“It’s really my magnum opus,” says Richard Ross of the Juvenile in Justice project he has pursued nonstop for the past eight years. “It’s been the most punishing thing I’ve ever done, and the most rewarding.”
Ross has just installed Isolated, his new exhibition on the solitary confinement of juvenile offenders. The show consists of another set of Ross’s astonishing prison photographs, but at its center there’s something else, something three-dimensional and immersive: a scale model of an isolation cell. Inside it, and above the standard featureless cot that is the tiny room’s only furnishing, a loudspeaker wired to the ceiling pours forth a soundtrack of young men and women baring their souls in the process of explaining and justifying their wrecked lives.
The photos Ross takes are ordinarily designed to protect the privacy of his subjects, but his new installation was designed with an eye to invading the privacy of someone else — the viewer. “I like it that it’s distracting,” Ross says to me as the sound of taped testimony interrupts our conversation. “It should be distracting because that’s what life is like for these kids.”
Ross was once lauded for the elegance and rigor of his images of museums, and the transformation that brought him to his current obsession with the justice system occurred in stages. After a project documenting nuclear fallout shelters came out in 2004, Ross followed it with Architecture of Authority in 2007, which featured images of everything from the holding cells at Guantanamo Bay to the office of the assistant principal for discipline and attendance at Santa Barbara High School. Clearly something clicked for Ross around this time because ever since, he has been working like a man possessed, and the results he has achieved are truly extraordinary. It’s safe to say that in Ross, Santa Barbara can lay claim to being the home of one of the world’s most important — and fearless — documentary photographers.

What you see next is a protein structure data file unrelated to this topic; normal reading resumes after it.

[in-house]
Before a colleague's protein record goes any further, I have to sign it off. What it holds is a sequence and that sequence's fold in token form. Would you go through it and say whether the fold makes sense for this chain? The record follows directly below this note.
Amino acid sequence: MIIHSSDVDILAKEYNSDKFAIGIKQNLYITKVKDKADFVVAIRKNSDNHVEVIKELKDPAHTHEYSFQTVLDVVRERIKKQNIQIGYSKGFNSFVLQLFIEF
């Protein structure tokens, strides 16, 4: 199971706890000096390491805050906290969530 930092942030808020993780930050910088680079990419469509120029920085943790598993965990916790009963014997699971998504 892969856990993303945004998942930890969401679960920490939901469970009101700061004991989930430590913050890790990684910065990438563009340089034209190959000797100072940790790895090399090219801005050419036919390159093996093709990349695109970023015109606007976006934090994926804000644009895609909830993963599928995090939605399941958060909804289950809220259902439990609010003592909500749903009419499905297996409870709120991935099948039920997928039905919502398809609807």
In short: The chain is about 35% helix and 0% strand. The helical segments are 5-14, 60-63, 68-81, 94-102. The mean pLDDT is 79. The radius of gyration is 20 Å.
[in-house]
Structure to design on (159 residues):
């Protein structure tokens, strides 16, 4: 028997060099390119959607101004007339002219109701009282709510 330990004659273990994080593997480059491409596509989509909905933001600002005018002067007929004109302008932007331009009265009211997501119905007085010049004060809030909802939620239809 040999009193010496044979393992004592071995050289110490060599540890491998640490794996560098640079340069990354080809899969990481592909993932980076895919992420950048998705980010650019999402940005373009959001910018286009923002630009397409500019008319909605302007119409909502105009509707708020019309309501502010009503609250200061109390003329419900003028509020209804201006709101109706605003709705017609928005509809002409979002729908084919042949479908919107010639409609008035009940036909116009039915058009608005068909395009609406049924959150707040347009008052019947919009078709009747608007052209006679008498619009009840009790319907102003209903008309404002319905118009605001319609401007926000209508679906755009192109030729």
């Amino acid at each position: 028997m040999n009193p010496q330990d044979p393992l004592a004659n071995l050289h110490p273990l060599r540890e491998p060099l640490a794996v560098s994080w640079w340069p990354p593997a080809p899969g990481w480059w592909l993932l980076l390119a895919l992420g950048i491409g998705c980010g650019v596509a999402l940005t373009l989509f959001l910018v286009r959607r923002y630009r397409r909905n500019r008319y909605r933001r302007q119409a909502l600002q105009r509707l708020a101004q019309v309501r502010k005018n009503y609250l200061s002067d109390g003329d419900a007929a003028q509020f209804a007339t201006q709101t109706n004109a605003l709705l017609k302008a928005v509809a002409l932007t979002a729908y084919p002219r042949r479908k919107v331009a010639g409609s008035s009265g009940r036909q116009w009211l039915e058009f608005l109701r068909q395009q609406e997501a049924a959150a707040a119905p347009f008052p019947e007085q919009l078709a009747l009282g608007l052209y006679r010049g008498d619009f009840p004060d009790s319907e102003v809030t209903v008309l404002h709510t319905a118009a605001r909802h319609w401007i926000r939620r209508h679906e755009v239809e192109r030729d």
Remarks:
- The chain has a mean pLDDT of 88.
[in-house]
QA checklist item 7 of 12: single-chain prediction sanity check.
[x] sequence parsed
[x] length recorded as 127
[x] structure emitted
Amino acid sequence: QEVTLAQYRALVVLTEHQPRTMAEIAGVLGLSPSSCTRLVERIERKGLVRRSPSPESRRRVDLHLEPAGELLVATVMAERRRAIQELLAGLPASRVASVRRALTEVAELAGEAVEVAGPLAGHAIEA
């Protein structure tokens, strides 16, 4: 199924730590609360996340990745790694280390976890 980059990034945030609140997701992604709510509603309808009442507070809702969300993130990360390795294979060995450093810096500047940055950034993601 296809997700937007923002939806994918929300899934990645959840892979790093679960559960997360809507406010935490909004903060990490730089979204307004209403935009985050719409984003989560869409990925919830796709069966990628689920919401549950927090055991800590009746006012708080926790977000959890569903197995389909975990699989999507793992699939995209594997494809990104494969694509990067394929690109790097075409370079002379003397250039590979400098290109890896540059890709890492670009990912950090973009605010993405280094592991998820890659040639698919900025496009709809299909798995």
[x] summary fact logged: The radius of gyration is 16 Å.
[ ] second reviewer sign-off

Every image is the result of an arduous process of negotiation, one that begins with the various officials who must approve his entry into the prisons he visits, and that only ends when he establishes a connection of trust with his subjects. That last step is clearly a doozy, and one that very few people attempt. Ross outlined the way he does his interviews like this: “When I get to the cell, the first thing I ask for is permission to enter. No one else who comes to them asks the kids for that, so right away I’m signaling that this is going to be different. When I get inside, I take off my shoes. They usually don’t have shoes on, so neither should I. Then I sit on the floor; that’s where I go before I ask any questions.”
This routine, which Ross has developed by trial and error over the last eight years, is what makes his life-changing work possible. It’s also what makes this unforgettable show so worthwhile. I recommend it to everyone who visits the Atkinson between now and December 4. Look at the images and then enter the cell. Take off your shoes. Sit on the floor. Listen to the voices. As Ross says, “These are our kids.”